Range is everywhere and probably a lot more encompassing and more important than you realize. Range comprises about 70% of the earth's land surface area (not counting the continent of Antarctica). In order for land to be called range, it has to meet two pretty simple criteria: 1) the area has soil and grows plants and 2) some type of herbivores inhabit the area and eat the plants. This rules out things like dunes, ice sheets, cropland, cities, and land designated for other particular purposes. One textbook defines range as "those areas of the world which by reasons of physical limitations... are unsuited to cultivation and which are a source of forage for free-ranging native and domestic animals, as well as a source of wood products, water, wildlife, recreation, and energy." A more recent textbook defines range as "uncultivated land that will provide the necessities of life for grazing and browsing animals." Two other words often used interchangeably with range are rangeland and wildland. When looking at all the different continents, it is easy to see that different areas of the earth have different types of range. And, these rangelands are ecosystems that are a unique product of their soil, plant, and animal parts. So whether you are herding cattle in Puerto Rico, viewing rhinos in Africa, wading one of the tallgrass prairies in North America, or hiking across a Hawaiian island - you are in range.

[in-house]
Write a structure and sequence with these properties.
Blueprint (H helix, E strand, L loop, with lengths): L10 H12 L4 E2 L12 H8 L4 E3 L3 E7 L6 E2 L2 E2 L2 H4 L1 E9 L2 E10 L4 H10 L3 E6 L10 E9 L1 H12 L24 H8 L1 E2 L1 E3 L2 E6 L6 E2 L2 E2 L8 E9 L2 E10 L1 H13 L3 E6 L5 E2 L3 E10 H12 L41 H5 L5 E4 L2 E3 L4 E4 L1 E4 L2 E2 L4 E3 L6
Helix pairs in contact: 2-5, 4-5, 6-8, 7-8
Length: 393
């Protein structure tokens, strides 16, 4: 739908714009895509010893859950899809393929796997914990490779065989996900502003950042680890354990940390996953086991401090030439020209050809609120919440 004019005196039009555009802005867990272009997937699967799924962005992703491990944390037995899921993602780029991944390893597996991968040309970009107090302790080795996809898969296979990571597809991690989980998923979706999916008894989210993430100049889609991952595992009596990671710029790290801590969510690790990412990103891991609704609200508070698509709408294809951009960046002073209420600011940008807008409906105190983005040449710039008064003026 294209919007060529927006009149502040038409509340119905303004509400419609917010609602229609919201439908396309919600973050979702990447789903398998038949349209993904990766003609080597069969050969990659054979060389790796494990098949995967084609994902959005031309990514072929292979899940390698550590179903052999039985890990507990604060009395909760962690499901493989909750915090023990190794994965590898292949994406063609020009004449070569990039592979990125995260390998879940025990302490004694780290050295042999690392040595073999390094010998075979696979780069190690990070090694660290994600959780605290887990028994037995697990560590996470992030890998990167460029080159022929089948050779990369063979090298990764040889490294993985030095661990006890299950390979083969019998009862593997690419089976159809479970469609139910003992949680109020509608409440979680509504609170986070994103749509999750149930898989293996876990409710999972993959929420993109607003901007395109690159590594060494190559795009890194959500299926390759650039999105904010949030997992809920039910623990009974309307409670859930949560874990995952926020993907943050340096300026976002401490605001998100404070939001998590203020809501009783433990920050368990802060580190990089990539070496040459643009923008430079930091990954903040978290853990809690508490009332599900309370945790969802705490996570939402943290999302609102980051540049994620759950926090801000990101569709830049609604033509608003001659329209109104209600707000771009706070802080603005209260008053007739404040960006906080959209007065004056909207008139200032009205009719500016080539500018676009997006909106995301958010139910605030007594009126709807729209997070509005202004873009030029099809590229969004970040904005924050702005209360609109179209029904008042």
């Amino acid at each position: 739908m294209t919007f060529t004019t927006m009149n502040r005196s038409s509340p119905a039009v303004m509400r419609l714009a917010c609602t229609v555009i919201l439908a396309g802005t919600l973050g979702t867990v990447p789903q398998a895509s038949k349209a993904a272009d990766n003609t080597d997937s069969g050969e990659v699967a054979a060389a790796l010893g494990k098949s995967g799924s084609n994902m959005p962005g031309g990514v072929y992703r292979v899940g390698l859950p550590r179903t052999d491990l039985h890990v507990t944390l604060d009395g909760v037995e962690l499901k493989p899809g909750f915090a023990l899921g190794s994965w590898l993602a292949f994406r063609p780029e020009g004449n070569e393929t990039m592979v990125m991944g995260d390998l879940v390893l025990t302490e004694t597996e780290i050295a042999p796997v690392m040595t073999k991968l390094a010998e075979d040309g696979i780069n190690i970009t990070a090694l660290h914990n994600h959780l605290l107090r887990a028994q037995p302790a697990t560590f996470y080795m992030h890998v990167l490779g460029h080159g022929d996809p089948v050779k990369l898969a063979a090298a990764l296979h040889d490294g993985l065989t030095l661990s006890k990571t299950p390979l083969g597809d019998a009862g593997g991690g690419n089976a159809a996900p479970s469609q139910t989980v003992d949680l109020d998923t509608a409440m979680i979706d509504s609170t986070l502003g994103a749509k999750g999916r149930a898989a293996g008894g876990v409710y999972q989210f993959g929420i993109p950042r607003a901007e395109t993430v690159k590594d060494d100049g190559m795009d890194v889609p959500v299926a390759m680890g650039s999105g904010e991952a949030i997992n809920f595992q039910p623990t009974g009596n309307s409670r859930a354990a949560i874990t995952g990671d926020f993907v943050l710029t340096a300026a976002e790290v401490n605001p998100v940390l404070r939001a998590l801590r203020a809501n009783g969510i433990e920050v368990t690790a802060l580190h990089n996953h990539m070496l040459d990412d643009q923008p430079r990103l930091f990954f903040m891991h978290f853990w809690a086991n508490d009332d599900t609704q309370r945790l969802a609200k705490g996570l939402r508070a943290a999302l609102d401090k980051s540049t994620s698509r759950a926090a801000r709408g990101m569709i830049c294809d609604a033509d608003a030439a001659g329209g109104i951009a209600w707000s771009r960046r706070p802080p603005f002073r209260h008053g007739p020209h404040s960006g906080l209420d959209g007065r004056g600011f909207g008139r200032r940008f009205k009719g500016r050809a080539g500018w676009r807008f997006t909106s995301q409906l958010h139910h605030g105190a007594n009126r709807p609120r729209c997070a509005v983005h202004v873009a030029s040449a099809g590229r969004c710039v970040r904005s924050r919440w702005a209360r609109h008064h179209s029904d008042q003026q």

Above: Range in SE Oregon. Photo taken from Steens Mountain, overlooking the Alvord Desert (by Casey Matney).
Below: Range in Wyoming. Photo taken near Casper, Wyoming (by Casey Matney).